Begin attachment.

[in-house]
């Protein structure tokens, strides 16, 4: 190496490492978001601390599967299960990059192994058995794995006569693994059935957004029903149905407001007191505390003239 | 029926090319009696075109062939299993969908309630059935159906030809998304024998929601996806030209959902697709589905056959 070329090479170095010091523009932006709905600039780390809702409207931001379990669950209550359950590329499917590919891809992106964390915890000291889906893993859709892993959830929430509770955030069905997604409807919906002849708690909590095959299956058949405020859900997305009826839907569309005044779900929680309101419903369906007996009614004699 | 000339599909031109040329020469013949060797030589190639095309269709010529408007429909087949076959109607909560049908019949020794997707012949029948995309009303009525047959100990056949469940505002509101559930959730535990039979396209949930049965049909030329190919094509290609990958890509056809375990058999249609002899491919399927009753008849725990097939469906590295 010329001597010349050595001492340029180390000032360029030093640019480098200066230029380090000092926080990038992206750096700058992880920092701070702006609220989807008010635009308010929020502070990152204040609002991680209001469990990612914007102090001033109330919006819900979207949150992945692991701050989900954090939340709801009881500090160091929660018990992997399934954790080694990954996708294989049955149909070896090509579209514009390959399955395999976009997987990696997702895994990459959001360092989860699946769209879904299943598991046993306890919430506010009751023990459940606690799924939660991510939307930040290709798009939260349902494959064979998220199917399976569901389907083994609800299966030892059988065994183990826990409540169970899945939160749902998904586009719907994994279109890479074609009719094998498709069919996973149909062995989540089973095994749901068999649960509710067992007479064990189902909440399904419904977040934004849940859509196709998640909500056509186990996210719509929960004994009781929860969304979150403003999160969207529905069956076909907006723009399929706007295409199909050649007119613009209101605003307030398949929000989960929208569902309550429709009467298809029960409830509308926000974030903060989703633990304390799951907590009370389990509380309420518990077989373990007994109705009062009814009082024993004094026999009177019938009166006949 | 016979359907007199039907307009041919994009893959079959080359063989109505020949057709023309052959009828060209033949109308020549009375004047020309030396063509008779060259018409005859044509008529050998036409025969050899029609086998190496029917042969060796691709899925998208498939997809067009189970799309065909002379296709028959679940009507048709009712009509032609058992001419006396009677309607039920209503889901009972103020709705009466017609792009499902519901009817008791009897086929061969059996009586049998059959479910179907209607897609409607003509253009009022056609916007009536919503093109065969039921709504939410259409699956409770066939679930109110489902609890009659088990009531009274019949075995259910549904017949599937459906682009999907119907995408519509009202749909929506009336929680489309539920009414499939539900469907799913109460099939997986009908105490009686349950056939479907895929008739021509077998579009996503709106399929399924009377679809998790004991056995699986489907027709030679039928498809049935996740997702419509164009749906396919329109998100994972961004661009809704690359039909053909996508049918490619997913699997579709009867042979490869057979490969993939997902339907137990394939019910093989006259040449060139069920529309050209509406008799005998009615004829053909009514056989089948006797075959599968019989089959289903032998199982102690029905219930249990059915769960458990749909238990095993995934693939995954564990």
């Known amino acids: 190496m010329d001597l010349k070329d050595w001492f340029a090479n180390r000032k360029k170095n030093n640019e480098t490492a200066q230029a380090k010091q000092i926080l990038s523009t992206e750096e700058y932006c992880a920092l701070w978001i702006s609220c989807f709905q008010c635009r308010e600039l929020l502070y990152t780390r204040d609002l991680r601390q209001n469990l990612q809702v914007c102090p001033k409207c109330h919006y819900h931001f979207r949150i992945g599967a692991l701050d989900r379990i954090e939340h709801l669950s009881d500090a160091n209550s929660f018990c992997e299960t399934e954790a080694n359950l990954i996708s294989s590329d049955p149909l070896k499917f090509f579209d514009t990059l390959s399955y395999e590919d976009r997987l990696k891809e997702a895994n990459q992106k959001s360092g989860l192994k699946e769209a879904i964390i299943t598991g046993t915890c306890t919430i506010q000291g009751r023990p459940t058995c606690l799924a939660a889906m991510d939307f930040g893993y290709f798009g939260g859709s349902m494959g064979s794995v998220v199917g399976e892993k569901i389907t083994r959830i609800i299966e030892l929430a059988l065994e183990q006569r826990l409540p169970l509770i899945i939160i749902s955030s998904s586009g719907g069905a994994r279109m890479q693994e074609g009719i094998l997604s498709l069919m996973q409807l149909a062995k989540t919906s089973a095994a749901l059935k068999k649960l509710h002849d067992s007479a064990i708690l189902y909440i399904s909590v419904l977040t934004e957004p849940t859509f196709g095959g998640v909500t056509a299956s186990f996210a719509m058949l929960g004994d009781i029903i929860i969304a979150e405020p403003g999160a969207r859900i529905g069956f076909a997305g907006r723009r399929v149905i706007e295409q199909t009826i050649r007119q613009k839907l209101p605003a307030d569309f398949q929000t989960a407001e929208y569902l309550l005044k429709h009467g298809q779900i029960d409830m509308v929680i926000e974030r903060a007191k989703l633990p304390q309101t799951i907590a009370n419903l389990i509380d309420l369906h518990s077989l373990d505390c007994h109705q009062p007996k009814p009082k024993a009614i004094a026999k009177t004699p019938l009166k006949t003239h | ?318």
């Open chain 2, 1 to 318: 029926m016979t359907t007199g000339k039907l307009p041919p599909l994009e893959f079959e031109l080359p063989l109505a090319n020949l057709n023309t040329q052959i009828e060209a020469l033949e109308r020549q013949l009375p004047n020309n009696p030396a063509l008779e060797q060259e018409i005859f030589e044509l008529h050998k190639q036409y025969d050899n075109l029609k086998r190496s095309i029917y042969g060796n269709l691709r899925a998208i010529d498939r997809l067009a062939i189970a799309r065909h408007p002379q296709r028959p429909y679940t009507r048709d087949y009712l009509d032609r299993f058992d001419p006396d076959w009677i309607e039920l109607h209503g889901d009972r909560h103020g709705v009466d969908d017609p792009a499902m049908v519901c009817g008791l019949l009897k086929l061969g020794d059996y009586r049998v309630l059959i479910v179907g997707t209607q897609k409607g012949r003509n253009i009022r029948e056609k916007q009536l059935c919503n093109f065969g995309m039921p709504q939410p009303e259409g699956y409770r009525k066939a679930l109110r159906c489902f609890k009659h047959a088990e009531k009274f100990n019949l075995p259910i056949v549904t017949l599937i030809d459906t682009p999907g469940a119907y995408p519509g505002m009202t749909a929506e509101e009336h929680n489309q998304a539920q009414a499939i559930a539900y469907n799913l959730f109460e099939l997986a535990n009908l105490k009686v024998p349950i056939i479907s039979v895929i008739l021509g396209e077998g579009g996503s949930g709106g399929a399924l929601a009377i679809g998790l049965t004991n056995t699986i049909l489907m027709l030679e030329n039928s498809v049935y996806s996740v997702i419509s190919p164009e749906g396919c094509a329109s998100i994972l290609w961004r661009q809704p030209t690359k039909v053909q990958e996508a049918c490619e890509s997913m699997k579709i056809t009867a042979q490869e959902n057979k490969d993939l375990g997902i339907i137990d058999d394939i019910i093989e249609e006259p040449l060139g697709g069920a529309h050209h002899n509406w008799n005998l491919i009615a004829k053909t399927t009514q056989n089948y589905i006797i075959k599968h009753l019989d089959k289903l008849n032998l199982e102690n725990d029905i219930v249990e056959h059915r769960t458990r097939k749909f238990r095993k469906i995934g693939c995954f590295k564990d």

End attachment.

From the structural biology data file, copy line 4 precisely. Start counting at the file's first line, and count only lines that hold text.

């Open chain 2, 1 to 318: 029926m016979t359907t007199g000339k039907l307009p041919p599909l994009e893959f079959e031109l080359p063989l109505a090319n020949l057709n023309t040329q052959i009828e060209a020469l033949e109308r020549q013949l009375p004047n020309n009696p030396a063509l008779e060797q060259e018409i005859f030589e044509l008529h050998k190639q036409y025969d050899n075109l029609k086998r190496s095309i029917y042969g060796n269709l691709r899925a998208i010529d498939r997809l067009a062939i189970a799309r065909h408007p002379q296709r028959p429909y679940t009507r048709d087949y009712l009509d032609r299993f058992d001419p006396d076959w009677i309607e039920l109607h209503g889901d009972r909560h103020g709705v009466d969908d017609p792009a499902m049908v519901c009817g008791l019949l009897k086929l061969g020794d059996y009586r049998v309630l059959i479910v179907g997707t209607q897609k409607g012949r003509n253009i009022r029948e056609k916007q009536l059935c919503n093109f065969g995309m039921p709504q939410p009303e259409g699956y409770r009525k066939a679930l109110r159906c489902f609890k009659h047959a088990e009531k009274f100990n019949l075995p259910i056949v549904t017949l599937i030809d459906t682009p999907g469940a119907y995408p519509g505002m009202t749909a929506e509101e009336h929680n489309q998304a539920q009414a499939i559930a539900y469907n799913l959730f109460e099939l997986a535990n009908l105490k009686v024998p349950i056939i479907s039979v895929i008739l021509g396209e077998g579009g996503s949930g709106g399929a399924l929601a009377i679809g998790l049965t004991n056995t699986i049909l489907m027709l030679e030329n039928s498809v049935y996806s996740v997702i419509s190919p164009e749906g396919c094509a329109s998100i994972l290609w961004r661009q809704p030209t690359k039909v053909q990958e996508a049918c490619e890509s997913m699997k579709i056809t009867a042979q490869e959902n057979k490969d993939l375990g997902i339907i137990d058999d394939i019910i093989e249609e006259p040449l060139g697709g069920a529309h050209h002899n509406w008799n005998l491919i009615a004829k053909t399927t009514q056989n089948y589905i006797i075959k599968h009753l019989d089959k289903l008849n032998l199982e102690n725990d029905i219930v249990e056959h059915r769960t458990r097939k749909f238990r095993k469906i995934g693939c995954f590295k564990d």